The reigning world champions have begun the defence of their crown in disappointing fashion, following on from their poor exit at Euro 2020
It isn’t quite make-or-break, but France’s World Cup qualifier against Finland in Lyon on Tuesday suddenly looks a lot more important than it might have been.
Because by the world champions’ extremely high standards, they’re struggling.
France have drawn each of their last five matches across 90 minutes, the first three of those coming at Euro 2020 where – as huge favourites for the competition – they were held by Hungary and Portugal in the group stages before throwing away that 3-1 lead to draw 3-3 with Switzerland and then lose on penalties.
But while that tournament exit led to widespread anguish and introspection, it is what has happened since which is providing the most cause for concern.
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Stationed in what looked a fairly straightforward World Cup qualifying group, there was mild worry when France started their campaign with a 1-1 draw at home to Ukraine.
However that was quickly written off as a blip thanks to victories over Kazakhstan and Bosnia-Herzegovina, with Wales and Bulgaria then swept aside in pre-Euros friendlies as Les Bleus looked every inch the tournament favourites.
What happened in the stands on that night of the last-16 exit in Bucharest has since been pored over to the nth degree, with Adrien Rabiot’s outspoken mother Veronique recently having her say, but the idea that it could come to resemble something of a harbinger of doom for France is suddenly real.
The resumption of the World Cup qualifiers this week has seen France draw 1-1 with both Bosnia and Ukraine, falling behind in both matches and failing to overly impress in either.
What’s more, it appears that Didier Deschamps is running out of ideas in his attempts to stop the rot.
Some had predicted that France could suffer as they sought to integrate Karim Benzema following his surprising return to the international fold before the Euros, but this recent worrying downturn is nothing to do with anything the Real Madrid star has personally done.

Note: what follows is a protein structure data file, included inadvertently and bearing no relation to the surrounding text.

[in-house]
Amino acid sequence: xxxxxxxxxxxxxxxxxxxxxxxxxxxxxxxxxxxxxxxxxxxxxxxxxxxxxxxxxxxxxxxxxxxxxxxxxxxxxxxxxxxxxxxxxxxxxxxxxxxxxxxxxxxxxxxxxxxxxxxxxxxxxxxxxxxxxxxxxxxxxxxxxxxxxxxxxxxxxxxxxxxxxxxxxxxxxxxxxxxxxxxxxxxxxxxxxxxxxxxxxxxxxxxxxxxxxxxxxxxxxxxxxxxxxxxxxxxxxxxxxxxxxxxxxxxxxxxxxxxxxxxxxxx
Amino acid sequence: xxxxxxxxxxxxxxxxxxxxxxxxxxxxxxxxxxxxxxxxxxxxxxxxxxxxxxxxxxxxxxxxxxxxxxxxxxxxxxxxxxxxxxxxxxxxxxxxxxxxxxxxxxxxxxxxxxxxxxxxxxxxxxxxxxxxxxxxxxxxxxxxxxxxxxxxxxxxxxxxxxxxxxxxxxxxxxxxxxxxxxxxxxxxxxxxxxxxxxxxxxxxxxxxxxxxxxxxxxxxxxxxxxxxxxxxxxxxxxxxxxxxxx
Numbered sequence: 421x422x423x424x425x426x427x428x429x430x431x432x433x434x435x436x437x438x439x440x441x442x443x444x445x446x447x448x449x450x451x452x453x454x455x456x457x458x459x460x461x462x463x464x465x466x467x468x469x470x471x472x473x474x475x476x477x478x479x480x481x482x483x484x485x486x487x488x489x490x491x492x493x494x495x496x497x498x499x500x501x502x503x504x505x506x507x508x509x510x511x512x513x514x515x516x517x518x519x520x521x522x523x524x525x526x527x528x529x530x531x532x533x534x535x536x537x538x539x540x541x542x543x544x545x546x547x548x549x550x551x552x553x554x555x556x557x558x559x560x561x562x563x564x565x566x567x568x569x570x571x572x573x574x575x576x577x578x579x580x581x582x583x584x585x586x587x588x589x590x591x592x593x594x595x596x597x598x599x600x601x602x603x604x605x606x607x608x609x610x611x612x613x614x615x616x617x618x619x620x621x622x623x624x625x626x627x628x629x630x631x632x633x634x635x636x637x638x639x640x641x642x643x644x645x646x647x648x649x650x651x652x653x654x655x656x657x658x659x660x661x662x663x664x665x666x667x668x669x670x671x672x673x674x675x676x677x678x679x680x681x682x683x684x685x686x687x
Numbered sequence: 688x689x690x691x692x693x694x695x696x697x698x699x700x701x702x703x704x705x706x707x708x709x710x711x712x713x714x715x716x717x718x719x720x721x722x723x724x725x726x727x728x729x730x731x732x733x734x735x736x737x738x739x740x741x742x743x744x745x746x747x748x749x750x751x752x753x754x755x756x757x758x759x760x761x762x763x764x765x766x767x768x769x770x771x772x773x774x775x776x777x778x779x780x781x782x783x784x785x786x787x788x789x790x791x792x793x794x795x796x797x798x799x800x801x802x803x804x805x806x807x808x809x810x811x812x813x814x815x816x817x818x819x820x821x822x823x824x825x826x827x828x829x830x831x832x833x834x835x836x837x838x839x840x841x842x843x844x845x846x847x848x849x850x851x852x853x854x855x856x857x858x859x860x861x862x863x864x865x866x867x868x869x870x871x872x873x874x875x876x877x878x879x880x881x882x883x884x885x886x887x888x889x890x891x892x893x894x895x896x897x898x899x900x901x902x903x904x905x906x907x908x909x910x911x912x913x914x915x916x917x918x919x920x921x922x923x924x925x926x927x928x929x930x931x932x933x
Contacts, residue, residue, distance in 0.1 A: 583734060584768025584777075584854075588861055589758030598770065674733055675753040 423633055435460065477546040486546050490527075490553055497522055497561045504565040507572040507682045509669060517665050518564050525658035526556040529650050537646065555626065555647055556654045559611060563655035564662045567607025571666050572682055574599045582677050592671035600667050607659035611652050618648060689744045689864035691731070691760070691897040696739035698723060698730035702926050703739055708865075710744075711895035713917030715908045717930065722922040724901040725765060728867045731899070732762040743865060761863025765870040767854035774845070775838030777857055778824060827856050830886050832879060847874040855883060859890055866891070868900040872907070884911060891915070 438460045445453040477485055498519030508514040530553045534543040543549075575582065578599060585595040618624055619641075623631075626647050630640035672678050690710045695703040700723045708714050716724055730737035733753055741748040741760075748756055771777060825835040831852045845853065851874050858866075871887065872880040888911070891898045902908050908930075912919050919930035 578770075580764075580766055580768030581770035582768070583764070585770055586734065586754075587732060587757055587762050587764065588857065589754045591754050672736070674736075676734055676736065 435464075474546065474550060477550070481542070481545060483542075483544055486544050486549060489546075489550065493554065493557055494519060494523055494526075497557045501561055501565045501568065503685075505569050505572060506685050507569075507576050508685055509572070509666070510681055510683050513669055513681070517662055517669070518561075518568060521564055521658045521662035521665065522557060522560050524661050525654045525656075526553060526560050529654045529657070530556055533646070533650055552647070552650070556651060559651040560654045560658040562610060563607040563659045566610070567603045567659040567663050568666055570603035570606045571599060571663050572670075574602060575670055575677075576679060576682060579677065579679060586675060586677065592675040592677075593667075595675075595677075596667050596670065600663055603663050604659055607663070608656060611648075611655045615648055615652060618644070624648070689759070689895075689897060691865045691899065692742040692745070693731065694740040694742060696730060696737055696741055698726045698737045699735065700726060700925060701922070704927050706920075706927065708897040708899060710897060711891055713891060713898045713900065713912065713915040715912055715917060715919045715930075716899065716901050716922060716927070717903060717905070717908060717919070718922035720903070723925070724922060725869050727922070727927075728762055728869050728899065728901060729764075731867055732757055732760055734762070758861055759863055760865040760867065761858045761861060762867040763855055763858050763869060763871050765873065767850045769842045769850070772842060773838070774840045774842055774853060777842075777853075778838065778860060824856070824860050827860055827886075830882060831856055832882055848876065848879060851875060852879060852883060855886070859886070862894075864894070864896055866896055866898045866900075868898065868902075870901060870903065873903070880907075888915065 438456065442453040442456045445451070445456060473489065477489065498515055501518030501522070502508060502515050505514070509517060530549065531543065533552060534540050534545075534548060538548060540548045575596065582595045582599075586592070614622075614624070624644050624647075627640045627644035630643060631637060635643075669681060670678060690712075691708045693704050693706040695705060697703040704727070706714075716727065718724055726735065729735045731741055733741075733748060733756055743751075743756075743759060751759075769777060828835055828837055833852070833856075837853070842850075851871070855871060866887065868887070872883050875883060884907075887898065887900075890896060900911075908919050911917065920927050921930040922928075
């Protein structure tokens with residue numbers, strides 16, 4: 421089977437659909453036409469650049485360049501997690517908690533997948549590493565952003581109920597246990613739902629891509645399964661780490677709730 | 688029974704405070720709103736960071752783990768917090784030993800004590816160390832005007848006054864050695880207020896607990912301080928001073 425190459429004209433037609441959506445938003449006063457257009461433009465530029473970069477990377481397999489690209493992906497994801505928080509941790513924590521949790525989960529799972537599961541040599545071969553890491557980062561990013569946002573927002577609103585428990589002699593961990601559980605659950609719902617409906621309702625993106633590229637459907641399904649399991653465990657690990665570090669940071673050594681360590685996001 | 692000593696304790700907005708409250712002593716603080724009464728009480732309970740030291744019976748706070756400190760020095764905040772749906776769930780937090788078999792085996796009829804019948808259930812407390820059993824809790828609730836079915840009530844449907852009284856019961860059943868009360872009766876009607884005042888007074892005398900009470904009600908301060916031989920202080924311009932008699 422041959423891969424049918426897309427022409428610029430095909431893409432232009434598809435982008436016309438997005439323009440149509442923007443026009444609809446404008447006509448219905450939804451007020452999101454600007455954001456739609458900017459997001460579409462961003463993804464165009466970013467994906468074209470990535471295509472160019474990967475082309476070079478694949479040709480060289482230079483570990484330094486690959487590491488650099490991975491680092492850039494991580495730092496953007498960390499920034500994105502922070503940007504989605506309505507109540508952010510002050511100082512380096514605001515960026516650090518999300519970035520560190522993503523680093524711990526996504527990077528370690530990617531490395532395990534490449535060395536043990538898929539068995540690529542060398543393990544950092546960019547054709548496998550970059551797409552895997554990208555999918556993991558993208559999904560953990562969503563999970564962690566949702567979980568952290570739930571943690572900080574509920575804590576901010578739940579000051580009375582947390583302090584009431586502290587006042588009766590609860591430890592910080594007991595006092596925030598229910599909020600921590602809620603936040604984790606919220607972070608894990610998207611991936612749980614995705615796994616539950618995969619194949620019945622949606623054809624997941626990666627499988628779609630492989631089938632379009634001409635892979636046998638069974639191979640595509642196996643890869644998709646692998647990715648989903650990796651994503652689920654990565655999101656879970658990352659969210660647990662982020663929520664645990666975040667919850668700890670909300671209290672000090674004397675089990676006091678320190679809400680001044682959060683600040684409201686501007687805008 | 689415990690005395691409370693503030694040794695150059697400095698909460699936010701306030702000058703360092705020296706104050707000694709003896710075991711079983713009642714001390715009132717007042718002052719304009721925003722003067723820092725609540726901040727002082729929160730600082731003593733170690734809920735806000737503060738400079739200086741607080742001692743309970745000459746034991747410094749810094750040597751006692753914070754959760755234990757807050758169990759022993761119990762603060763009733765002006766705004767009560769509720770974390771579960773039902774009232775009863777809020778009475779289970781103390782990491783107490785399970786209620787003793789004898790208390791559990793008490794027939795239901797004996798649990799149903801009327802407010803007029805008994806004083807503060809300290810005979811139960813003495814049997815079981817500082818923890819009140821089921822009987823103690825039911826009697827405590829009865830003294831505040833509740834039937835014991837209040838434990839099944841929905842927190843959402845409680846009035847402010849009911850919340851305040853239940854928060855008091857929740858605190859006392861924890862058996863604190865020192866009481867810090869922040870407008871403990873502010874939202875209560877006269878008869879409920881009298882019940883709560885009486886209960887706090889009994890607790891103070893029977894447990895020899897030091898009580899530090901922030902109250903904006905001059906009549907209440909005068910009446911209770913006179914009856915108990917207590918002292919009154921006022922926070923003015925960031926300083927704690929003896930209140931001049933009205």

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He is said to have been been a largely positive influence on the group on a personal sense, with Kylian Mbappe for one delighted that a player he has idolised – and doubtless wants to play alongside in Madrid – is now available for him to learn from.
However, the shift in dynamic which includes his return is what has now ‘imbalanced’ the team, as suggested in L’Equipe.
They claim that Deschamps has altered his style somewhat, and is instead willing to take the players’ opinions on board before ruthlessly making a decision.
This desire has left some players confused, not least Antoine Griezmann who is said to be questioning why he is constantly being asked to switch roles as plans change on a whim.
When your methods win you a World Cup then any alterations to your plans are going to be scrutinised, and that is what Deschamps is facing now.
Perhaps the very winning of that World Cup is an issue too, with the players’ hunger and desire questioned in recent matches.
Skipper Hugo Lloris has pointed out what he sees as “a lack of commitment and aggressiveness” in the squad, calling on everyone to improve if results are to go the same way.
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Yet with uncertain club futures for many of the players within the squad – Mbappe, Paul Pogba, Jules Kounde, Anthony Martial and then until recently Raphael Varane and Griezmann – then maybe international standards have been allowed to drop.
In such instances, it is up to the manager to sharpen bodies and minds and elevate standards once again.
Defeat at home to Finland, who France lost 2-0 at home to in a friendly 10 months ago, would leave the world champions with two fairly nervy qualifiers in November.
Deschamps might not be feeling the pressure just yet, but by then it could have cranked up significantly for the world champions.